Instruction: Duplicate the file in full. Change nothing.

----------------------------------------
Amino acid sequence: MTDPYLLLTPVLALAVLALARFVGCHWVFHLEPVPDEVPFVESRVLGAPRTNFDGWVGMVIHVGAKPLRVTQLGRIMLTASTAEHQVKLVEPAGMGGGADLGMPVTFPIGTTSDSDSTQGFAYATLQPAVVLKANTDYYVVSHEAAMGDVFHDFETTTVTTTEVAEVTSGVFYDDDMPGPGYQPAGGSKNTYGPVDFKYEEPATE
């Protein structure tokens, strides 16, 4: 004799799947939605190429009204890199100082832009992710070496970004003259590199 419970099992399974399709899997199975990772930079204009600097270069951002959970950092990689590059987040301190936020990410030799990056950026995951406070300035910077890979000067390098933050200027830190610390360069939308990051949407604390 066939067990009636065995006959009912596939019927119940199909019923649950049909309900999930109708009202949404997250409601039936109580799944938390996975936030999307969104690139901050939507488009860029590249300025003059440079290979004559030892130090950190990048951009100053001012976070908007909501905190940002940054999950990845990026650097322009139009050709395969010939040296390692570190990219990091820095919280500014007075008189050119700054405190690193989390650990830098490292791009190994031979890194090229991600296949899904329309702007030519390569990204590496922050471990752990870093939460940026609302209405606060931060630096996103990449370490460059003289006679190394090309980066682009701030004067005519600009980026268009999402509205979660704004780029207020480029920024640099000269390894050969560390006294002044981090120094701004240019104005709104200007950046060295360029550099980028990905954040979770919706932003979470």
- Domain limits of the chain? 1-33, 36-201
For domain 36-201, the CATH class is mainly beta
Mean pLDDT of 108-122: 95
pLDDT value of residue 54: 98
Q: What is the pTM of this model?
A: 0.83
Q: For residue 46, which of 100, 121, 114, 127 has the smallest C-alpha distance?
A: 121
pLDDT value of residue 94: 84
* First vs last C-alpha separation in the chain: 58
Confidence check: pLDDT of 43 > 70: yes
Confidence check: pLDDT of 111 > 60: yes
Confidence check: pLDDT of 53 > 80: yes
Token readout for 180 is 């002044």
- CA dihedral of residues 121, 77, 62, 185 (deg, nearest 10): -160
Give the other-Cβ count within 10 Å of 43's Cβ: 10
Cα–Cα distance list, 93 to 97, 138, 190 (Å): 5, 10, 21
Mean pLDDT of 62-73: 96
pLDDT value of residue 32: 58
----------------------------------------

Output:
Amino acid sequence: MTDPYLLLTPVLALAVLALARFVGCHWVFHLEPVPDEVPFVESRVLGAPRTNFDGWVGMVIHVGAKPLRVTQLGRIMLTASTAEHQVKLVEPAGMGGGADLGMPVTFPIGTTSDSDSTQGFAYATLQPAVVLKANTDYYVVSHEAAMGDVFHDFETTTVTTTEVAEVTSGVFYDDDMPGPGYQPAGGSKNTYGPVDFKYEEPATE
């Protein structure tokens, strides 16, 4: 004799799947939605190429009204890199100082832009992710070496970004003259590199 419970099992399974399709899997199975990772930079204009600097270069951002959970950092990689590059987040301190936020990410030799990056950026995951406070300035910077890979000067390098933050200027830190610390360069939308990051949407604390 066939067990009636065995006959009912596939019927119940199909019923649950049909309900999930109708009202949404997250409601039936109580799944938390996975936030999307969104690139901050939507488009860029590249300025003059440079290979004559030892130090950190990048951009100053001012976070908007909501905190940002940054999950990845990026650097322009139009050709395969010939040296390692570190990219990091820095919280500014007075008189050119700054405190690193989390650990830098490292791009190994031979890194090229991600296949899904329309702007030519390569990204590496922050471990752990870093939460940026609302209405606060931060630096996103990449370490460059003289006679190394090309980066682009701030004067005519600009980026268009999402509205979660704004780029207020480029920024640099000269390894050969560390006294002044981090120094701004240019104005709104200007950046060295360029550099980028990905954040979770919706932003979470």
- Domain limits of the chain? 1-33, 36-201
For domain 36-201, the CATH class is mainly beta
Mean pLDDT of 108-122: 95
pLDDT value of residue 54: 98
Q: What is the pTM of this model?
A: 0.83
Q: For residue 46, which of 100, 121, 114, 127 has the smallest C-alpha distance?
A: 121
pLDDT value of residue 94: 84
* First vs last C-alpha separation in the chain: 58
Confidence check: pLDDT of 43 > 70: yes
Confidence check: pLDDT of 111 > 60: yes
Confidence check: pLDDT of 53 > 80: yes
Token readout for 180 is 């002044």
- CA dihedral of residues 121, 77, 62, 185 (deg, nearest 10): -160
Give the other-Cβ count within 10 Å of 43's Cβ: 10
Cα–Cα distance list, 93 to 97, 138, 190 (Å): 5, 10, 21
Mean pLDDT of 62-73: 96
pLDDT value of residue 32: 58